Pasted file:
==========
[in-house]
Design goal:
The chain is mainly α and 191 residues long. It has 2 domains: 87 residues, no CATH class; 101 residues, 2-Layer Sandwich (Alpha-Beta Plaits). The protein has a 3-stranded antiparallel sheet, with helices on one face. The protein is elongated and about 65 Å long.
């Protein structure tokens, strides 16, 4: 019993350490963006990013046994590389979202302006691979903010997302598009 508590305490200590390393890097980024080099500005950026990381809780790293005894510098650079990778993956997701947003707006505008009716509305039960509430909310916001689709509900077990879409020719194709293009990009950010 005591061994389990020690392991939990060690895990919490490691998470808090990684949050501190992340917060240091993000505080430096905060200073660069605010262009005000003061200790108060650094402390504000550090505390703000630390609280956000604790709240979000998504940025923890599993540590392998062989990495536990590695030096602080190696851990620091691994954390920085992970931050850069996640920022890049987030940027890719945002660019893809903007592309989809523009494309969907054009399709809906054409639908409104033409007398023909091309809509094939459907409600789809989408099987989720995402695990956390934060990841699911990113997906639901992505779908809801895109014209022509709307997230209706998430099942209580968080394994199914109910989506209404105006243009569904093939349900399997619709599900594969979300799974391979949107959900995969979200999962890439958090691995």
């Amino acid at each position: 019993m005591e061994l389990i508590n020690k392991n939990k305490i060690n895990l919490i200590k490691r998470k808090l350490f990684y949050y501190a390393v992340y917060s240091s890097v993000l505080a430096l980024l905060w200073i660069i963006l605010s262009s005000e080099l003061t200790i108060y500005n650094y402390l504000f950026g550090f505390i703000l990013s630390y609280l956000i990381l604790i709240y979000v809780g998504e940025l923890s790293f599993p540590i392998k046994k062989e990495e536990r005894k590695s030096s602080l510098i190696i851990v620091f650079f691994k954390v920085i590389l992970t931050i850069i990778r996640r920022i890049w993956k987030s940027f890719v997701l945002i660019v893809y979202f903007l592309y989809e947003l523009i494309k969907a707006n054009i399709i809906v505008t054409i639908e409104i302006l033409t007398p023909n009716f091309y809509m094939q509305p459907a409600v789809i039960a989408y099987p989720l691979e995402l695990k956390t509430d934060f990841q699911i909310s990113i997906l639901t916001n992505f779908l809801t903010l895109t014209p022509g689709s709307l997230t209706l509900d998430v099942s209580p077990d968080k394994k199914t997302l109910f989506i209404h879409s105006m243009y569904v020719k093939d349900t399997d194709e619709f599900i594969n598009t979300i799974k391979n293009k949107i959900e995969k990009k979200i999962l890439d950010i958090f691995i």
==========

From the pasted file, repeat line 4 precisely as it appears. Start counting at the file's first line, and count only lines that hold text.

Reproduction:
């Protein structure tokens, strides 16, 4: 019993350490963006990013046994590389979202302006691979903010997302598009 508590305490200590390393890097980024080099500005950026990381809780790293005894510098650079990778993956997701947003707006505008009716509305039960509430909310916001689709509900077990879409020719194709293009990009950010 005591061994389990020690392991939990060690895990919490490691998470808090990684949050501190992340917060240091993000505080430096905060200073660069605010262009005000003061200790108060650094402390504000550090505390703000630390609280956000604790709240979000998504940025923890599993540590392998062989990495536990590695030096602080190696851990620091691994954390920085992970931050850069996640920022890049987030940027890719945002660019893809903007592309989809523009494309969907054009399709809906054409639908409104033409007398023909091309809509094939459907409600789809989408099987989720995402695990956390934060990841699911990113997906639901992505779908809801895109014209022509709307997230209706998430099942209580968080394994199914109910989506209404105006243009569904093939349900399997619709599900594969979300799974391979949107959900995969979200999962890439958090691995």